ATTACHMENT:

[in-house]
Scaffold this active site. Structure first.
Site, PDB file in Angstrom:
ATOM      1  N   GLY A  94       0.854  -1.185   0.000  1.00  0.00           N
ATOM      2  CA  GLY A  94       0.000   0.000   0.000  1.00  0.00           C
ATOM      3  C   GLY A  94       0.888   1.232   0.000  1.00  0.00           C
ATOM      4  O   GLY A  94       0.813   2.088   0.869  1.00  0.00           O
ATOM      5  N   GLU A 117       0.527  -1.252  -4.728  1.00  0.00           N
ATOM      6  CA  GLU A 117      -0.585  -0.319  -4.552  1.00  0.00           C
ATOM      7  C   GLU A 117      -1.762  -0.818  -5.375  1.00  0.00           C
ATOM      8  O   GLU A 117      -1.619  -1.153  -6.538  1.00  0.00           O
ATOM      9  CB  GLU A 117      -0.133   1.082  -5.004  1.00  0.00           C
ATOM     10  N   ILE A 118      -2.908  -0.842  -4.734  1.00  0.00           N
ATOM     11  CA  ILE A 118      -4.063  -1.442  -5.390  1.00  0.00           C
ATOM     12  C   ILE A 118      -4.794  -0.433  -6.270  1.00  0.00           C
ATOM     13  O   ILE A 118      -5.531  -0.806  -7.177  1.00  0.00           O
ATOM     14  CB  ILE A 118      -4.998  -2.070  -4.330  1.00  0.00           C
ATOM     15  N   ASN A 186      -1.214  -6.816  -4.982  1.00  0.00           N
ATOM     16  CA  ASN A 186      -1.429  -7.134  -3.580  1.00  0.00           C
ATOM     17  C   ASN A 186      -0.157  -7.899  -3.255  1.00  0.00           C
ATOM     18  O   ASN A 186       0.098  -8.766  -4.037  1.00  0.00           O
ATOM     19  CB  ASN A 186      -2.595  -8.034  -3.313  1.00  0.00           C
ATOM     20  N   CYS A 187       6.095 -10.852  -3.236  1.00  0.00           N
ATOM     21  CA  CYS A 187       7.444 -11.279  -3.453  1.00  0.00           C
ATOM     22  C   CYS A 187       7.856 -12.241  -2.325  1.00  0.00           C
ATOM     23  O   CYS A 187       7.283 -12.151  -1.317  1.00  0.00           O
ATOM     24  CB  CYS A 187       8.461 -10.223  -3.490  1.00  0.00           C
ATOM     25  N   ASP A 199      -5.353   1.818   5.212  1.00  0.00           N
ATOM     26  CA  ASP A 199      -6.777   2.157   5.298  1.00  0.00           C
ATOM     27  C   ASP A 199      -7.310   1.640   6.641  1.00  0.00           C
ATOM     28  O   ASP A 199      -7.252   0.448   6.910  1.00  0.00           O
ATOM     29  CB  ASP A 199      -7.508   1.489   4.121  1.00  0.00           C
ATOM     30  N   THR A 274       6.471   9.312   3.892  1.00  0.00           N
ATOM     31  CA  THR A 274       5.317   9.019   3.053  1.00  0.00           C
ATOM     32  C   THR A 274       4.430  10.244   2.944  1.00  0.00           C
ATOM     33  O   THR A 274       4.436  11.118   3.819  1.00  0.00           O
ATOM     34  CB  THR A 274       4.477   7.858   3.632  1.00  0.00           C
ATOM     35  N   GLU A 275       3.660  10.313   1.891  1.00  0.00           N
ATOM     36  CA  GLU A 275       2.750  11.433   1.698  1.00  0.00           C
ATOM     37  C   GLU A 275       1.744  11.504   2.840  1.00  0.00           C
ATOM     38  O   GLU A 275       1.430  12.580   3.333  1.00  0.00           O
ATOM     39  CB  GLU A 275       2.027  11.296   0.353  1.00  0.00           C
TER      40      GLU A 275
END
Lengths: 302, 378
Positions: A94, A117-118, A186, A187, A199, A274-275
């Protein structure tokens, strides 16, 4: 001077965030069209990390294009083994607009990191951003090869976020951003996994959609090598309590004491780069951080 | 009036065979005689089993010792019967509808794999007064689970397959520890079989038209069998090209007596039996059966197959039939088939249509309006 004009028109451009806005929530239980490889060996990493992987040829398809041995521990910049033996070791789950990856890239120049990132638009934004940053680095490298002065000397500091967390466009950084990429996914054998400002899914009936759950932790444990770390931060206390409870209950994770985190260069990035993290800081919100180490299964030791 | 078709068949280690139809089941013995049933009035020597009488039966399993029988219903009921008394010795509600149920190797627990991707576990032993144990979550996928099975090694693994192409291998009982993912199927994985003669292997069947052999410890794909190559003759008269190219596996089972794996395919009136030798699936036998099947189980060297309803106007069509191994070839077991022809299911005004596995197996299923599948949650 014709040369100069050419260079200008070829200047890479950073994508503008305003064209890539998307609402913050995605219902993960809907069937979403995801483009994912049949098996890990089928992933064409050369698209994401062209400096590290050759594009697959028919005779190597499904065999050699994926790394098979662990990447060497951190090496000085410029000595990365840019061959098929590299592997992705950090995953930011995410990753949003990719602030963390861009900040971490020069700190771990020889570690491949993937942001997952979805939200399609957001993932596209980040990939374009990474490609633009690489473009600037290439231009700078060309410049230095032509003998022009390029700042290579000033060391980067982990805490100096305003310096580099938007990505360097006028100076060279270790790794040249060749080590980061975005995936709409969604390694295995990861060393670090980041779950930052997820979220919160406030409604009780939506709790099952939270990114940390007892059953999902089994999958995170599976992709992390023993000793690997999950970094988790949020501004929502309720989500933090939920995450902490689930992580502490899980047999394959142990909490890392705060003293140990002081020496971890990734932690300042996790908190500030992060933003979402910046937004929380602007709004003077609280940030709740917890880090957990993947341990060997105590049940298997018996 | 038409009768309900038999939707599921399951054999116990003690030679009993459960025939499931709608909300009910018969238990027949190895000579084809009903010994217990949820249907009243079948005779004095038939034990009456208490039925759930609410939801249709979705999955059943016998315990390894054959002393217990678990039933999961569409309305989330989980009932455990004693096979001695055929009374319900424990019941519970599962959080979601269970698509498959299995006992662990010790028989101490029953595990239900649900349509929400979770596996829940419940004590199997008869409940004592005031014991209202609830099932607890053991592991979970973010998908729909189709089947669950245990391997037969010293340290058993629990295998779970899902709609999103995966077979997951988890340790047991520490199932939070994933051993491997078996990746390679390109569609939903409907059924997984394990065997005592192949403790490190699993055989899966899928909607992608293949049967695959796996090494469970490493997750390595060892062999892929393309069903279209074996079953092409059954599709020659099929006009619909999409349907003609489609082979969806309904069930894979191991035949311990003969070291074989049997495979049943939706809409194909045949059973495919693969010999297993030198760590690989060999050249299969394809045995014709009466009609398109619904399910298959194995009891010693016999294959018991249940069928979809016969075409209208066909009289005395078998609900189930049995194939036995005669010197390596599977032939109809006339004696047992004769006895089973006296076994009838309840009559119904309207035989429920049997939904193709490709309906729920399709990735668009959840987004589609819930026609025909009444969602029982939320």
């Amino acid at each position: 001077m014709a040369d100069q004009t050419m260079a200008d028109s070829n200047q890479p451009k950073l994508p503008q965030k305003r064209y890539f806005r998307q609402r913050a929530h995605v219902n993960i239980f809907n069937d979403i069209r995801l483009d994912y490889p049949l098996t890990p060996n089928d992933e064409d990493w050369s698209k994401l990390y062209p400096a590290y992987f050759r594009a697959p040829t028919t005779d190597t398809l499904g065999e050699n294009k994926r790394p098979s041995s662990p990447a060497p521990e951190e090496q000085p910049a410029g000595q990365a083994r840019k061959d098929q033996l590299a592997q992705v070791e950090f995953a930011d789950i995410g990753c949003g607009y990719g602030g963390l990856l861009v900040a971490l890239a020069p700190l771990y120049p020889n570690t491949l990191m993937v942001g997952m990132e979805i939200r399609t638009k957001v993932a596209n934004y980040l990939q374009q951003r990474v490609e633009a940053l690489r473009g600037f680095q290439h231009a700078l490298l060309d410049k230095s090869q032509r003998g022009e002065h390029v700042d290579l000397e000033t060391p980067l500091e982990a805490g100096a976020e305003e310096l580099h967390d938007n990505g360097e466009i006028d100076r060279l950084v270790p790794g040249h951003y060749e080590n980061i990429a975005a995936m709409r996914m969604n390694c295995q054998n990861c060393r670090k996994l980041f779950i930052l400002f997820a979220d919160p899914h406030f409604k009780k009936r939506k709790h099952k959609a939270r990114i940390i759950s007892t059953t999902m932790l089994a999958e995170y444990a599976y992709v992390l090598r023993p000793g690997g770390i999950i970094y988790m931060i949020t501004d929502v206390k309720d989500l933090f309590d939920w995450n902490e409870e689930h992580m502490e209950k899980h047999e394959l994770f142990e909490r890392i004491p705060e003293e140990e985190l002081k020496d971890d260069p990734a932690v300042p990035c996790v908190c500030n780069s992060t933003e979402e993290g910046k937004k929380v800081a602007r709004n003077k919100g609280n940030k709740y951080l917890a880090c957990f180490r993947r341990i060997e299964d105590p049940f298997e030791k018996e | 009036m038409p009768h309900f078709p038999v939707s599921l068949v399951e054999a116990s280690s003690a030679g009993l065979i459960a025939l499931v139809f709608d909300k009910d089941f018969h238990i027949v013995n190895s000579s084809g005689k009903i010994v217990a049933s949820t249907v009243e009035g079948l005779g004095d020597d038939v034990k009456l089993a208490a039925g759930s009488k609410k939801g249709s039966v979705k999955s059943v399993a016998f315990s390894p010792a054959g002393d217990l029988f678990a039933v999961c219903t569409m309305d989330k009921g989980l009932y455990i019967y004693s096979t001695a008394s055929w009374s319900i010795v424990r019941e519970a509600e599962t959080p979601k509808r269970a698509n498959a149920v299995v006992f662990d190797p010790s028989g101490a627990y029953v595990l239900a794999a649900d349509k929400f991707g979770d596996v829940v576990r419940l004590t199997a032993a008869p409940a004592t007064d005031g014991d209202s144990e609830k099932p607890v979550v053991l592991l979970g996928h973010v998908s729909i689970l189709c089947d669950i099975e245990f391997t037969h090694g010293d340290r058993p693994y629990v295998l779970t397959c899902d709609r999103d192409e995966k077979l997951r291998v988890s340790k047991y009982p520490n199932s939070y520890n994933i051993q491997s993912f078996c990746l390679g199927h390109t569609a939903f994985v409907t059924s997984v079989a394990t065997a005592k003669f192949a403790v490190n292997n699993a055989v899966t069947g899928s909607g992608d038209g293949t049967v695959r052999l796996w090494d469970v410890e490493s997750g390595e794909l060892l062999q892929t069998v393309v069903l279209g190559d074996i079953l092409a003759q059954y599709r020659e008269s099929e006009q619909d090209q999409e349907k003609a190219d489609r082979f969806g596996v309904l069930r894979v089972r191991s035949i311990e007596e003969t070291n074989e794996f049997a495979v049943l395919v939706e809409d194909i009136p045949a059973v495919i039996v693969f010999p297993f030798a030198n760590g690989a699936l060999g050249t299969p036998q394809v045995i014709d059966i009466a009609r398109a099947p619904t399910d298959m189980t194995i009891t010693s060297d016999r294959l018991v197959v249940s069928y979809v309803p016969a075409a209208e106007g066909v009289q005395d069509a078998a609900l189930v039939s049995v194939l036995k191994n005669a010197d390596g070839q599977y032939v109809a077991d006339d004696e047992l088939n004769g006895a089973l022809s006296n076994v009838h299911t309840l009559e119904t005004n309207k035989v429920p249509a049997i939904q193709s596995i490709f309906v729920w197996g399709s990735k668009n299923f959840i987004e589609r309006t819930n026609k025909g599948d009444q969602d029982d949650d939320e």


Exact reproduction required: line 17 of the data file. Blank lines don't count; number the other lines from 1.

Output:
ATOM     14  CB  ILE A 118      -4.998  -2.070  -4.330  1.00  0.00           C